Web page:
Data limitations challenge PEDv research

by Erica Shaffer
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DES MOINES – New research found an extremely small risk of transmitting porcine epidemic diarrhea virus (PEDv) through feed or ingredients derived from swine. But the small amount of data available for the project posed a challenge to researchers.

The Checkoff commissioned the study, "Risk assessment of feed ingredients of porcine origin as vehicles for transmission of Porcine Epidemic Diarrhea Virus (PEDV)". Researchers at the Univ. of Minnesota coordinated the project.

The assessment included rendered ingredients, ingredients derived through spray-drying porcine swine blood and ingredients from hydrolyzed porcine tissues. Researchers used data acquired from a variety of sources, including industry, scientific literature, experimental studies and industry reports. But the dearth of specific data constrained the project, the researchers said in their report.

"It is noted that most of the data used in the analysis were unavailable at the commencement of the project, and are derived from very recent studies that have yet to be independently replicated," the researchers wrote.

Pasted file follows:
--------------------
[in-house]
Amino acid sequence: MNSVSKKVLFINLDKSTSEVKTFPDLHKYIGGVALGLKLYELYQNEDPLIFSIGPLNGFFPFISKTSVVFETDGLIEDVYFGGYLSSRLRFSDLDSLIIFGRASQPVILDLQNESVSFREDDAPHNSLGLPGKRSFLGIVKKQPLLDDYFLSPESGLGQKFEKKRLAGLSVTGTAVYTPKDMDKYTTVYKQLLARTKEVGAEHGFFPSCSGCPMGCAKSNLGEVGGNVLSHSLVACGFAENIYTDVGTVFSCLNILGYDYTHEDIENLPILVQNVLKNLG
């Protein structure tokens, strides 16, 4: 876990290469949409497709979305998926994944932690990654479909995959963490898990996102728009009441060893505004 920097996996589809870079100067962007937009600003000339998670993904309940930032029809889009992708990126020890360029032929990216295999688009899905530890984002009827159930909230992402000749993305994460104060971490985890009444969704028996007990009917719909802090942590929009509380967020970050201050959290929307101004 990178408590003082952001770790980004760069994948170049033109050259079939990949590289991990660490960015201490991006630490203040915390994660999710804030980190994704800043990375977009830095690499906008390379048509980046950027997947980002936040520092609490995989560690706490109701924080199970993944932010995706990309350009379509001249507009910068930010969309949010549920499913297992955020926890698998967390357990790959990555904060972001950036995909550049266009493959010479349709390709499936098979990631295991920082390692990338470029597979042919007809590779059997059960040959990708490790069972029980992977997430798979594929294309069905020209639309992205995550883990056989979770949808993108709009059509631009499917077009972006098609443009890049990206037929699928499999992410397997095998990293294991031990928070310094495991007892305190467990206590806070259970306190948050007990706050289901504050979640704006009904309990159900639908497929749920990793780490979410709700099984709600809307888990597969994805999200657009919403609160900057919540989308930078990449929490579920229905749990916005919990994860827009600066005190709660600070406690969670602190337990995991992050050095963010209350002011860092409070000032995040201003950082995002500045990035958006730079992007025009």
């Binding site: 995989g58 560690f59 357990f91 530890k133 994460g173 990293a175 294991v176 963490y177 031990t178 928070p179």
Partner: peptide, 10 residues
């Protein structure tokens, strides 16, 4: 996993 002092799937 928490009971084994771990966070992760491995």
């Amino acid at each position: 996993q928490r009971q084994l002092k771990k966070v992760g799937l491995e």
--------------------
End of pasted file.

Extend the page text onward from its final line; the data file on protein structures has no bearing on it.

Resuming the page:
Among the project findings:

• The risk of PEDv surviving the processes of rendering and hydrolysis (peptone production) are negligible.

• The possibility of virus survival is inherently greater in spray-drying porcine blood if non-thermal mechanisms are ignored. But, overall, currently available data indicate an extremely small probability of PEDv surviving the spray-drying process and current commercial storage periods.

Researchers noted that information on inactivation of PEDV by spray drying became available during the project, while data on PEDv contamination of raw materials were unavailable for rendering and hydrolyzed protein sources. Additionally, researchers used experimental data on the thermal inactivation of PEDv because previously published studies "did not enable adequate portrayal of the thermal inactivation kinetics of PEDv".

The risk assessment findings could change as new information becomes available, the researchers added. The full report is available on the Pork Checkoff website.

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